Clydebank Mercury Football Club has welcomed Scottish Football Association's move towards a ban on heading in the under-12s game.

The SFA is reported to be close to imposing a ban in training, although the timescale for introducing it is unclear.

The United States has had a similar ban in place since 2015, but the SFA's move would make Scotland the first European country to impose such a restriction.

It follows the publication of a study by the University of Glasgow last year which found footballers are three-and-a-half times more likely to die of a neurodegenerative disease than age-matched non-players.

The SFA said it would finalise the proposals "in early course".

It is understood there is consensus between the SFA board, the professional and non-professional game boards and medical representatives to recommend such a ban.

It could be in place for the grassroots season, which runs from March to November. And while Mercury are currently an under-13 set-up and thus not required to adapt to the restrictions, the club has backed the moved.

A spokesman told the Post: "In line with the ban, we have just moved into 11-a-side games where we are encouraging players to refrain from heading.

"We believe it could have a positive impact on football in Scotland, going forward.

Read more: Whitecrook factor Apex struck off for ‘not meeting minimum standards’

"Everyone wants to see fast-moving and passing football, so putting something in place to protect young players looks to be almost a two-birds-with-one-stone situation.

"Protection for players comes first, but technical improvements could be a bonus as keeping the ball on the ground at early levels will only help in the long run.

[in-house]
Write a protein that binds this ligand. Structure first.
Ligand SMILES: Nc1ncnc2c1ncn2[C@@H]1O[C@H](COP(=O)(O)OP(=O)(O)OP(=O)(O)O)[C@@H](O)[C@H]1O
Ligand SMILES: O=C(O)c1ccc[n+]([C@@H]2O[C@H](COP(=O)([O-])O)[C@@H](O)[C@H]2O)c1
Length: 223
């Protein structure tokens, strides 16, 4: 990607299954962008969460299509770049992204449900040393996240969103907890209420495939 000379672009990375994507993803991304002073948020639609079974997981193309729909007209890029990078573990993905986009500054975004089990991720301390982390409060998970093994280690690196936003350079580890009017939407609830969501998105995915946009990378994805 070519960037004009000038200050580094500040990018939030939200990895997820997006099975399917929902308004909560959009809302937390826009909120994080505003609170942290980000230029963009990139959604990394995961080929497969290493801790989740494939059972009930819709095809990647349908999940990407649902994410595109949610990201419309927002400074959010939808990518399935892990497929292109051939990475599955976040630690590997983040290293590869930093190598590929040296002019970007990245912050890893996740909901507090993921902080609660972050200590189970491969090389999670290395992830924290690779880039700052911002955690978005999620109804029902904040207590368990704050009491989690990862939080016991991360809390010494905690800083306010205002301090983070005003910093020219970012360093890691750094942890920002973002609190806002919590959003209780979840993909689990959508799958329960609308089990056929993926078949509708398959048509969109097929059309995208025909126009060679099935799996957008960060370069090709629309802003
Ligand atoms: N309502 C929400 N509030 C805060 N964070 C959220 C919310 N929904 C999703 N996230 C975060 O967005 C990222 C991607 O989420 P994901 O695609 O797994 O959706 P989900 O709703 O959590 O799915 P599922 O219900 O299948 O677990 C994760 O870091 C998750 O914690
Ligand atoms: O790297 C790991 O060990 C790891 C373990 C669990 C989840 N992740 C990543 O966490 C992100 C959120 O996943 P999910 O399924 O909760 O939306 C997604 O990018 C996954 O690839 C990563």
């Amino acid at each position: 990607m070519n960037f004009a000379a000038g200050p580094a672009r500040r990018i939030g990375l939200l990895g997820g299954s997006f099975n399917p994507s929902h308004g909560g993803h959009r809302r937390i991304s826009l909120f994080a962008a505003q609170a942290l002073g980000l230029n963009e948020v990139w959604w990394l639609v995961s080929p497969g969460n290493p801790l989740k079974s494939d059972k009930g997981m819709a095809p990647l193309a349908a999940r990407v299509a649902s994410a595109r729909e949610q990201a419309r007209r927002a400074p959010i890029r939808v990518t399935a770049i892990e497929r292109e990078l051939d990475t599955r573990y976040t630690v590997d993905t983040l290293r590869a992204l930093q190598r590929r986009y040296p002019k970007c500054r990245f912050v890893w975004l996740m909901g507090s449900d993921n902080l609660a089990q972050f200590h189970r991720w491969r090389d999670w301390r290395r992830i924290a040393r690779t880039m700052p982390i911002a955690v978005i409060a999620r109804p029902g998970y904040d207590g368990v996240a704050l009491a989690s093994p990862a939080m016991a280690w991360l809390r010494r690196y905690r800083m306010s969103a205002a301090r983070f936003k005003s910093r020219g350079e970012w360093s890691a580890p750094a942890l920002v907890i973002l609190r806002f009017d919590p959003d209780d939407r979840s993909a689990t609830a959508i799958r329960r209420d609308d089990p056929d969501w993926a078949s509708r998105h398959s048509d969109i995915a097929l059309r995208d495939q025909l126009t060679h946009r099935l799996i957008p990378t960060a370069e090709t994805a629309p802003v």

"Overall, I don't see a negative impact from the move and welcome the changes."

A West Dunbartonshire Council spokeswoman added: "West Dunbartonshire Council will continue to adhere to SFA and SYFA guidelines for football taught as part of the curriculum.

"Our sports development programmes do not coach, encourage or allow heading during football."

The SFA's move is a "positive step" according to campaigner Dawn Astle, who hopes other governing bodies follow its lead.

Astle's father, former West Brom and England striker Jeff Astle, died aged 59 in 2002 from chronic traumatic encephalopathy (CTE), a type of dementia caused by brain injury. The coroner ruled that his death had been caused by the repeated trauma of heading the ball.

She said: "It's a very positive step to reduce the risk and make sure their kids are OK. My dad's dementia started at some point, didn't it, and it's always been my belief that it manifested in my dad – although no one was aware of it – when heading footballs as a kid.

"Children's brains are more vulnerable because they're still growing."